Fire service requests to move pyre, amid safety fears, refused: report reveals

Posted By: June 11, 2018

Brendan Hughes. Irish News. Belfast. Monday, June 11, 2018

Loyalist bonfire builders refused a plea from the Northern Ireland Fire and Rescue Service (NIFRS) to move a pyre away from gas mains, it can be revealed.

Eleventh Night bonfires were also built beside electricity substations, telephone junction boxes, and homes, inspection reports uncovered by The Irish News show.

The reports highlight the scale of safety concerns faced by firefighters over bonfires.

Crews attend sites across Belfast several times ahead of July 11.

They complete forms called ‘bonfire inspection/site visit reports,’ which collate details including the location, materials being collected and any property or utilities impacted.

The reports found:

* Gas supplies had to be shut off in one neighborhood after builders refused crews’ requests to move their pyre away from mains.

* A KFC in west Belfast considered removing guttering due to its close proximity to a bonfire.

*Issues were raised about some being built too close to oil tanks and asbestos roofing.

At Kitchener Street off Donegall Road, NIFRS attended a site with officials from Belfast City Council, local representatives, and Phoenix Gas.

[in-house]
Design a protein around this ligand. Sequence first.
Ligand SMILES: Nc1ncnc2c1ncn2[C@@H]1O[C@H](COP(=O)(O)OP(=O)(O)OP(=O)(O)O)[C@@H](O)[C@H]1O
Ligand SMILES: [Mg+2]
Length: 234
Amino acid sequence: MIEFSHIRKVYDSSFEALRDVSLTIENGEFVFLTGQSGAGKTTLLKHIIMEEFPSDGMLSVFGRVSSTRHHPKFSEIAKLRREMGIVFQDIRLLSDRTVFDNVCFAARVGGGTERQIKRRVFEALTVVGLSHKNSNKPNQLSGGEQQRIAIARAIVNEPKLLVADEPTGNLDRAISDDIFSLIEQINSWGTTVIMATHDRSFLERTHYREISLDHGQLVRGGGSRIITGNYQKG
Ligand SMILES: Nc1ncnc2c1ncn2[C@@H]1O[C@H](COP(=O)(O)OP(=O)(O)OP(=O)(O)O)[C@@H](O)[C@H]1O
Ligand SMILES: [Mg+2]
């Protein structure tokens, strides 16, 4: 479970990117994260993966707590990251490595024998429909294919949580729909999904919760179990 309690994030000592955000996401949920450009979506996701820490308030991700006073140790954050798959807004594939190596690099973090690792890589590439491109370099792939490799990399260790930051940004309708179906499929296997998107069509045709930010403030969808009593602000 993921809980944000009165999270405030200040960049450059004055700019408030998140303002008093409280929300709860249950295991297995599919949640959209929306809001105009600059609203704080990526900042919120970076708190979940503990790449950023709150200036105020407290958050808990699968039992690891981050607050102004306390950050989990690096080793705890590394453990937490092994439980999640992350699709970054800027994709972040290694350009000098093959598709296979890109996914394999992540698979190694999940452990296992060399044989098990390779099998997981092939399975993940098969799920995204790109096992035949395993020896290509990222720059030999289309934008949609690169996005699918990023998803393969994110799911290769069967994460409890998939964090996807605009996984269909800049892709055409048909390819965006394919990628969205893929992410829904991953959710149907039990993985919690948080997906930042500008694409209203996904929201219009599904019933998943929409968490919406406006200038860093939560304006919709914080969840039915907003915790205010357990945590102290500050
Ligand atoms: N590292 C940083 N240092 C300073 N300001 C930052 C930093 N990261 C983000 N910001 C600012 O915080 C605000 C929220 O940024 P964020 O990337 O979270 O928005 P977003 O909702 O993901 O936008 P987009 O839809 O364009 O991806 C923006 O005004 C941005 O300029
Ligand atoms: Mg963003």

“NIFRS asked them to move the bonfire to a safer site on a grass area away from gas mains and houses, but this was rejected,” the report said.

Crews also visited the bonfire site at Hope Street off Sandy Row where last year the pyre caused damage to an apartment block. They noted a “huge amount of pallets” and that the nearby Holiday Inn and other buildings, including the apartments, could be impacted.

A “possible oil tank” at the hotel and “possible asbestos roofing” at derelict properties on Sandy Row were also noted.

NIFRS said it did not have any enforcement powers in relation to bonfires.

“The ultimate responsibility for bonfires is with the landowner on whose land or property the bonfire is built,” it said.

Meanwhile, the number of bonfire groups signing up for council funding schemes has stagnated, new figures show.

In Belfast, the number of loyalist bonfire groups taking part has fallen for the third year running. It comes amid several groups publicly refusing to take part, accusing the scheme of aiming to “control culture and tradition”.